Iraqi PM withdraws troops from Anbar province
The army will leave cities in Anbar after security forces closed a major Sunni anti-government protest camp in the area
Iraqi Prime Minister Nuri al-Maliki on Tuesday said the army will leave cities in Anbar province, in a bid to defuse tensions after security forces closed a major Sunni anti-government protest camp in the area.
Maliki called on “the armed forces to devote themselves to... pursuing al-Qaeda hideouts in the desert of Anbar [province]” and for the army to turn over “the administration of the cities to the hand of the local and federal police,” according to a statement on his website.
The announcement was made after clashes between security forces and gunmen killed four more people in the Anbar province town of Ramadi, police and a doctor told Agence France-Presse.
Three gunmen and an Iraqi army sniper were killed, while three other militants were wounded, the sources said, bringing the death toll from clashes set off by the closure of the camp to 14.
As the camp was demolished, heavy clashes broke out in the Ramadi area, with 10 gunmen killed as some mosques exhorted followers to “go to jihad,” or holy war, AFP reported.
Sunni Arab demonstrators had gathered in the camp for more than a year.
Late on Monday, 44 MPs announced that they had submitted their resignations, calling for “the withdrawal of the army... and the release of MP Ahmed al-Alwani,” who was arrested in Ramadi on Saturday.
The raid on Alwani’s house sparked clashes that killed his brother, five guards, and a security forces member, AFP reported.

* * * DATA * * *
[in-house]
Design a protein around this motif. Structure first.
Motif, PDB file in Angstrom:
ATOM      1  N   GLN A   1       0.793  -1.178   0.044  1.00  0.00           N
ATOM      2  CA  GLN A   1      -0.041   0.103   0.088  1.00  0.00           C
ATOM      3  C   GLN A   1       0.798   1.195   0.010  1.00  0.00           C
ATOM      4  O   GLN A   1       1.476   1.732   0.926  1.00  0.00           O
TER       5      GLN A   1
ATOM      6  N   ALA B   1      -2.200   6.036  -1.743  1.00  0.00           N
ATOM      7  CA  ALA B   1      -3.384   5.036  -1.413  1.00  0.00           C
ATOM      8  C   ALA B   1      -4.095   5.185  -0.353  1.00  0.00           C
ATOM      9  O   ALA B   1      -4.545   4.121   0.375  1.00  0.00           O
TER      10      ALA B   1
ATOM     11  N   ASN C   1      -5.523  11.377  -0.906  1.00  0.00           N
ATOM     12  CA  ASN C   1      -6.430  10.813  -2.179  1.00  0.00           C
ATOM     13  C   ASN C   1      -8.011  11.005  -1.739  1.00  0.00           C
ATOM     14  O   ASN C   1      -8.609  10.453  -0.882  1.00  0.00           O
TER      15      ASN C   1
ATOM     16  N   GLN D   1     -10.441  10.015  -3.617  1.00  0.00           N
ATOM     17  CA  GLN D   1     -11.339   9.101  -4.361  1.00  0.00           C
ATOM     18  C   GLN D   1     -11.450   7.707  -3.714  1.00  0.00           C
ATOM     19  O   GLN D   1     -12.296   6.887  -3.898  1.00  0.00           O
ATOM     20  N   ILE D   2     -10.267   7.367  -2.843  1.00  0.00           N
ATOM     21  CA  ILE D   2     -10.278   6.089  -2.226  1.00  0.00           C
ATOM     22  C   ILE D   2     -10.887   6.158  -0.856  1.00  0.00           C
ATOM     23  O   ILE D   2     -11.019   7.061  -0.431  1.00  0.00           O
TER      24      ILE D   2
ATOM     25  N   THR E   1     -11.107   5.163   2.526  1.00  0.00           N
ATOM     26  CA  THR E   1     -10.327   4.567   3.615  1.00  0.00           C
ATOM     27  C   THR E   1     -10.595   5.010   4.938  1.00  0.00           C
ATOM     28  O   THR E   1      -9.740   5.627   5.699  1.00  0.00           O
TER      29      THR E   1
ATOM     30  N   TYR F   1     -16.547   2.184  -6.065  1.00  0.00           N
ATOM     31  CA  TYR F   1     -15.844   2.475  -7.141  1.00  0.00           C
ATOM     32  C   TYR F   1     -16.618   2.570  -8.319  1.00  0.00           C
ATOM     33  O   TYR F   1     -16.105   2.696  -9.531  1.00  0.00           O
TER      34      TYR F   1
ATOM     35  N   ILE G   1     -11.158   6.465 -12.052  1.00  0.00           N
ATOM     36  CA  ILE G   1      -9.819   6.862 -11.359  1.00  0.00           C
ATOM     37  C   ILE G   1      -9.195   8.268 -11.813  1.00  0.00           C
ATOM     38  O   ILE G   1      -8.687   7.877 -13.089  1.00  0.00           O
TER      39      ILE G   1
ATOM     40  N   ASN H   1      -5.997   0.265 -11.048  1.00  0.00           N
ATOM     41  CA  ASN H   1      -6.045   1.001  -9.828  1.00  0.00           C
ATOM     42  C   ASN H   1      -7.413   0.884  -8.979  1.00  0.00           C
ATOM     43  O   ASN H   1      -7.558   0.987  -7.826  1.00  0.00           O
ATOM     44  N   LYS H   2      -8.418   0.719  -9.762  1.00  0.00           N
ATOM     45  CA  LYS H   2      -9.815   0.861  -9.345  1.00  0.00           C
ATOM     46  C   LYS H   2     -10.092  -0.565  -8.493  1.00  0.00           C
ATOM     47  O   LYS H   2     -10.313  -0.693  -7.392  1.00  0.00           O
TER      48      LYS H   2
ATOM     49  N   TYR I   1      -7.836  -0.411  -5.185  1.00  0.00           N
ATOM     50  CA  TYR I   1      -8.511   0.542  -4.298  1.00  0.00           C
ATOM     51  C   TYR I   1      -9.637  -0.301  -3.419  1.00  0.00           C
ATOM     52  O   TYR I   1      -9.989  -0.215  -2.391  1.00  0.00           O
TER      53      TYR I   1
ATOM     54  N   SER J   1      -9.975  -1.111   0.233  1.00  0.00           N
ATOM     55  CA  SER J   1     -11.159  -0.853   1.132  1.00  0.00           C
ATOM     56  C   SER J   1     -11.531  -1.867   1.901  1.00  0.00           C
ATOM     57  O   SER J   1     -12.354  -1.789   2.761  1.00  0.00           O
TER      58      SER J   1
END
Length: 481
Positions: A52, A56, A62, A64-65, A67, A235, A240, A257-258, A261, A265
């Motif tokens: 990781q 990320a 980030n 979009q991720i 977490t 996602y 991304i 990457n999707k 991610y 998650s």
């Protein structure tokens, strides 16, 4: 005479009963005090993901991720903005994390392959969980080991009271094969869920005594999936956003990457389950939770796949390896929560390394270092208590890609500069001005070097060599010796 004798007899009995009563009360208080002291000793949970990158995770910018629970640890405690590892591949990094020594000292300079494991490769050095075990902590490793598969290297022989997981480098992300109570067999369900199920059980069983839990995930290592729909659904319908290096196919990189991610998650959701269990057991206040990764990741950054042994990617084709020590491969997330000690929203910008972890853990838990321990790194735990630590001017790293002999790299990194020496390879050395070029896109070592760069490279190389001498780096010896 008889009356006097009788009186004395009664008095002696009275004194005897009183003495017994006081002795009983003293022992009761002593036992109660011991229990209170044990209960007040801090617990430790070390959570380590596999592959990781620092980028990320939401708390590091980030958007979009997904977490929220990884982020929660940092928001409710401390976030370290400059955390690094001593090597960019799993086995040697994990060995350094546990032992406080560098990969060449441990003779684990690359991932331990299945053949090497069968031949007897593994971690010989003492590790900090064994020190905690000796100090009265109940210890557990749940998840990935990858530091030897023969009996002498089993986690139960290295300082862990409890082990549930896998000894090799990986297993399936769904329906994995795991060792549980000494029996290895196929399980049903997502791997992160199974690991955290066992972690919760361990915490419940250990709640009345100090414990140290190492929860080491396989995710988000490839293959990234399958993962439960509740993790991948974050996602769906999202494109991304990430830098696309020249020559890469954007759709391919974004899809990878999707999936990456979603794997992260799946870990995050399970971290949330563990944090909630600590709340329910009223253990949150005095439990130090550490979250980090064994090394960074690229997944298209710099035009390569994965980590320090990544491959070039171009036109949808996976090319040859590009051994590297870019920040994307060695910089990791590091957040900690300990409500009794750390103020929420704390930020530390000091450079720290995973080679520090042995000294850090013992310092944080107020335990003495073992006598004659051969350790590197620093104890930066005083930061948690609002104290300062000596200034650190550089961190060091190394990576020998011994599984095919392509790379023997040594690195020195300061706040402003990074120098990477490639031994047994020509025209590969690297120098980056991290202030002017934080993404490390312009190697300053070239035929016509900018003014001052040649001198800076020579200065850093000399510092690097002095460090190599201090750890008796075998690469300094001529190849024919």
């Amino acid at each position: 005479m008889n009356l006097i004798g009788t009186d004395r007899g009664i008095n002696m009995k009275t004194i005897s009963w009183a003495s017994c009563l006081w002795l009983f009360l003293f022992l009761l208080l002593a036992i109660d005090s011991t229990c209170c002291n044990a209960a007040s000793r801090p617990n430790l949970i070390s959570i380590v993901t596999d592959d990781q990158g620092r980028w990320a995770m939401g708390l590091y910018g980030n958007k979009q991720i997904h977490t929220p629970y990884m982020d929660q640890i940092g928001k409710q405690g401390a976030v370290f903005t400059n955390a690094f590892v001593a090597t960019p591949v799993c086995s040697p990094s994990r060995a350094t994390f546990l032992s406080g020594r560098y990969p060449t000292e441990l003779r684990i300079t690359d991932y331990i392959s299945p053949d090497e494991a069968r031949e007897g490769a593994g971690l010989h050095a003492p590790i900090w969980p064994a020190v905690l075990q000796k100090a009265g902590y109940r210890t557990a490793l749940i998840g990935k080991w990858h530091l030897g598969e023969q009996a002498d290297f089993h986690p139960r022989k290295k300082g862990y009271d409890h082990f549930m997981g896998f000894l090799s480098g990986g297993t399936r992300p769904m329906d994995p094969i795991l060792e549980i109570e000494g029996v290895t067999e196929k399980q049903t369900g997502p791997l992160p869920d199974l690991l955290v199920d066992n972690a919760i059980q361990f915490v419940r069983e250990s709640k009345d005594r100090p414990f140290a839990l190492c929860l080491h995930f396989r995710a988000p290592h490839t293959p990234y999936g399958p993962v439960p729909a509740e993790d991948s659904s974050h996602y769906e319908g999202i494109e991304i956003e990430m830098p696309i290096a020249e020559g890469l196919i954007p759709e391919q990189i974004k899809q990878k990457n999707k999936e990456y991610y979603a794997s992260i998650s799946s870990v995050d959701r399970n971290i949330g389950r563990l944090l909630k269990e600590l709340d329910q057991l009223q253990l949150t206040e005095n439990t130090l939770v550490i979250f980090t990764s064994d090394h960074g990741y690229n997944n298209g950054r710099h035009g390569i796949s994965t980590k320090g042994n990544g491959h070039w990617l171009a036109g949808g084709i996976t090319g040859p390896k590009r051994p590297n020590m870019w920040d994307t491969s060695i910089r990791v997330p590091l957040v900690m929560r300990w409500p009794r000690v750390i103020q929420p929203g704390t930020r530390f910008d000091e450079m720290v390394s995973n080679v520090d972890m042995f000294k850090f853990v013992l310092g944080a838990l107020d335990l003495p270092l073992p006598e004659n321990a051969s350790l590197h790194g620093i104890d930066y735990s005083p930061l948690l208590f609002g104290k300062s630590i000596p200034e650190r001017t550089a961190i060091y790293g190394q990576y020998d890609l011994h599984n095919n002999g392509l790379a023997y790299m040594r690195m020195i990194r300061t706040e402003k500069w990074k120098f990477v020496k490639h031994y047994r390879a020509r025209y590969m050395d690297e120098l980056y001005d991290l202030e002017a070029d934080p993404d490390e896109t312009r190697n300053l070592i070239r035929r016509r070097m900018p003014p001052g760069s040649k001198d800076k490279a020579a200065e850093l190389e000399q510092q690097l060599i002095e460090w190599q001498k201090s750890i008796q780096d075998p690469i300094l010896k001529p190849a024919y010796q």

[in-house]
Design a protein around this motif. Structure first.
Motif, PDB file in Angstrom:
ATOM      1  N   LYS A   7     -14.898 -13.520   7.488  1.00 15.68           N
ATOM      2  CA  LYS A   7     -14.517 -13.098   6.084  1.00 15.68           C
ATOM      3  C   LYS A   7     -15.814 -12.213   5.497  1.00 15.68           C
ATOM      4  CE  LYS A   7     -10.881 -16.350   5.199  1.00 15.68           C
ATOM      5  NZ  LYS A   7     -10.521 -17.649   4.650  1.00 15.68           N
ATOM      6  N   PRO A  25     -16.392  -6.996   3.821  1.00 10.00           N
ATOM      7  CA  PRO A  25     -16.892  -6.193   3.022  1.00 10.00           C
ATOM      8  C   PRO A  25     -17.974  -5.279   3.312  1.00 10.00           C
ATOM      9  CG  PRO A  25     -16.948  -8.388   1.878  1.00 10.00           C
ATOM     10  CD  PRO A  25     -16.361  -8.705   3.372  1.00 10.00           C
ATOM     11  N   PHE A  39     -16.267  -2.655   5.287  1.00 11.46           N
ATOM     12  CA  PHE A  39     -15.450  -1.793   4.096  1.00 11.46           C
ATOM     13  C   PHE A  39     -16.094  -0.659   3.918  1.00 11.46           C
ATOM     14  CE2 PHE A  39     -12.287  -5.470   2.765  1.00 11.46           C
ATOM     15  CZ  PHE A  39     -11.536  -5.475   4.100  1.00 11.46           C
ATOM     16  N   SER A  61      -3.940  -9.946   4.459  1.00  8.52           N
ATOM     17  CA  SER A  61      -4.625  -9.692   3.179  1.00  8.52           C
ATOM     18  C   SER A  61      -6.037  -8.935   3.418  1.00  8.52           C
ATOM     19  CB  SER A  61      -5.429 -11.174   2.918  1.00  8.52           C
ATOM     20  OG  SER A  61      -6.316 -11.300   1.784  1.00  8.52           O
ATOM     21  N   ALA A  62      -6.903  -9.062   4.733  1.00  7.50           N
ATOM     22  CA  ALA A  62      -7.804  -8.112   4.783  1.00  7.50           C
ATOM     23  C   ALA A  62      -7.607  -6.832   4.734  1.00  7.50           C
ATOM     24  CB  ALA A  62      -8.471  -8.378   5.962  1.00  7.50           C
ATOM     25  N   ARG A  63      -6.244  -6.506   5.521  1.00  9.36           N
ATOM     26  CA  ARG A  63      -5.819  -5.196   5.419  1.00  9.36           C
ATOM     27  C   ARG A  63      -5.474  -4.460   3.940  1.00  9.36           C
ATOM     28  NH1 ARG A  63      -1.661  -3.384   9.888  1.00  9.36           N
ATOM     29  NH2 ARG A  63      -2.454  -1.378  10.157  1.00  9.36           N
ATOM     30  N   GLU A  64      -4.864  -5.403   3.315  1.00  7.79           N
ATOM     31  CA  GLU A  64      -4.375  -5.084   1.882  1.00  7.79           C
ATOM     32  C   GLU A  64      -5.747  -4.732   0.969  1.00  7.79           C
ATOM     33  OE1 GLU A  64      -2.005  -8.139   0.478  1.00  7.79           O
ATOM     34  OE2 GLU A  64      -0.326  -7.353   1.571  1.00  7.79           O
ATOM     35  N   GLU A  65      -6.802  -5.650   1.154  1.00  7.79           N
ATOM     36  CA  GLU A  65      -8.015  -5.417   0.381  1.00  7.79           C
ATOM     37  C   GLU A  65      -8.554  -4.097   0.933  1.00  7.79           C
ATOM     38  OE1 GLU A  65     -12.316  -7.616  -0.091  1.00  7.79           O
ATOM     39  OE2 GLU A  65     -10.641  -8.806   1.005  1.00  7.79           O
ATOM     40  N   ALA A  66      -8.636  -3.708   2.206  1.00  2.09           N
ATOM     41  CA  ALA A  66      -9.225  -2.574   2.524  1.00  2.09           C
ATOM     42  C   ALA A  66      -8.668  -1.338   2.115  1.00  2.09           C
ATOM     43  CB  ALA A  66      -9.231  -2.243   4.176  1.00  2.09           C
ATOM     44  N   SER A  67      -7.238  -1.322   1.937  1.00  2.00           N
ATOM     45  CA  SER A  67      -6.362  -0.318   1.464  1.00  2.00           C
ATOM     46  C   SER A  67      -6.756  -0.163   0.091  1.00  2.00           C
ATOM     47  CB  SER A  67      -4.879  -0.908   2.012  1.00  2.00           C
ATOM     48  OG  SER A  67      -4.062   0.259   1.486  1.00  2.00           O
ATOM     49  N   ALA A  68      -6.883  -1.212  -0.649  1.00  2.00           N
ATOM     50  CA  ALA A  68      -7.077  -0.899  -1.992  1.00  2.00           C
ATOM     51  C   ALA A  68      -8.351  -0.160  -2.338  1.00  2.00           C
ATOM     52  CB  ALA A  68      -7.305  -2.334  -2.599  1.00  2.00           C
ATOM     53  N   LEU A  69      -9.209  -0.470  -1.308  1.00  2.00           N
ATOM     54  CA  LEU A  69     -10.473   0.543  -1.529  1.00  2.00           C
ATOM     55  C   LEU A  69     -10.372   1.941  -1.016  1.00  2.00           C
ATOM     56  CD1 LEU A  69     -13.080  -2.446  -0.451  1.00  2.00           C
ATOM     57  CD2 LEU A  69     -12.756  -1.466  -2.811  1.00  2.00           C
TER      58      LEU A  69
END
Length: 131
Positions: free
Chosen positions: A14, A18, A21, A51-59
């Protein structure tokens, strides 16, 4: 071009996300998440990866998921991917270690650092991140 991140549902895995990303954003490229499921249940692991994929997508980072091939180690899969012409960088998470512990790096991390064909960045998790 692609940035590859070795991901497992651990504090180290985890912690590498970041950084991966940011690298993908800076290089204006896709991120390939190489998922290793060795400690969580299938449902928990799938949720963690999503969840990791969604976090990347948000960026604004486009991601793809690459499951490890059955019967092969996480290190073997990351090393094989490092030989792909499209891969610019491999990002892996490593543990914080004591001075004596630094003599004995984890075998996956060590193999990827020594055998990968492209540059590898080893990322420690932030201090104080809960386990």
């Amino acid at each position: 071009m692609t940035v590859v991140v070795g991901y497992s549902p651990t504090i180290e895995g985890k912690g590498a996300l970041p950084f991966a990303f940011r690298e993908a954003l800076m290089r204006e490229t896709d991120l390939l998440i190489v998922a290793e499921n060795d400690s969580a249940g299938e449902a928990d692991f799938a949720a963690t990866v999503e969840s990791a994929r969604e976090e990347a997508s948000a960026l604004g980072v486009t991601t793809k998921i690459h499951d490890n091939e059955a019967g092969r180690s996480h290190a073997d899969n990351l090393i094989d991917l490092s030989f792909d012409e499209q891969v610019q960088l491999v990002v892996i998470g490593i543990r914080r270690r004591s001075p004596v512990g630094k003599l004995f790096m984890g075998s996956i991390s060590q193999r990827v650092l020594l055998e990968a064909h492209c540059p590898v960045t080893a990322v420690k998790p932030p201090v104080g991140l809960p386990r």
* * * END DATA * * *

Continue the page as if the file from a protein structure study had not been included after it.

Violence in Iraq has reached a level not seen since 2008, when the country was just emerging from a period of brutal sectarian killings.
More than 6,800 people have been killed in Iraq violence since the beginning of the year, according to AFP figures based on security and medical sources.
Gunmen kill four anti-Qaeda fighters in IraqViolence in Iraq has reached a level not seen since 2008, when the country was just emerging from a brutal period of sectarian killings Middle East
Another dark Christmas for Iraq’s ChristiansAt least 34 people died in bomb attacks in Christian areas on Christmas day Features
Christmas festivities in IraqIraqi Christian take part in Christmas celebrations at a church in the northern city of Arbil. Perspective
Bomb attacks on Christians in Baghdad kill 37The Christmas Day attacks brought the total number of people killed so far this month in Iraq to 441 Middle East
On Iraq’s executionsThis week’s guest is Iraq’s Minister of Human Rights Mohammad Shia al-Sudani. Al-Sudani responds to international rights organizations ... Point Of Order
Deadly attack on Iraqi journalists claimed by al-QaedaIraq has come in for repeated criticism over the lack of media freedom and the number of unsolved killings of journalists Print
Five journalists killed in attack on Iraq TV stationsGunmen stormed the headquarters of al-Iraqia and Salaheddin television station in Tikrit Middle East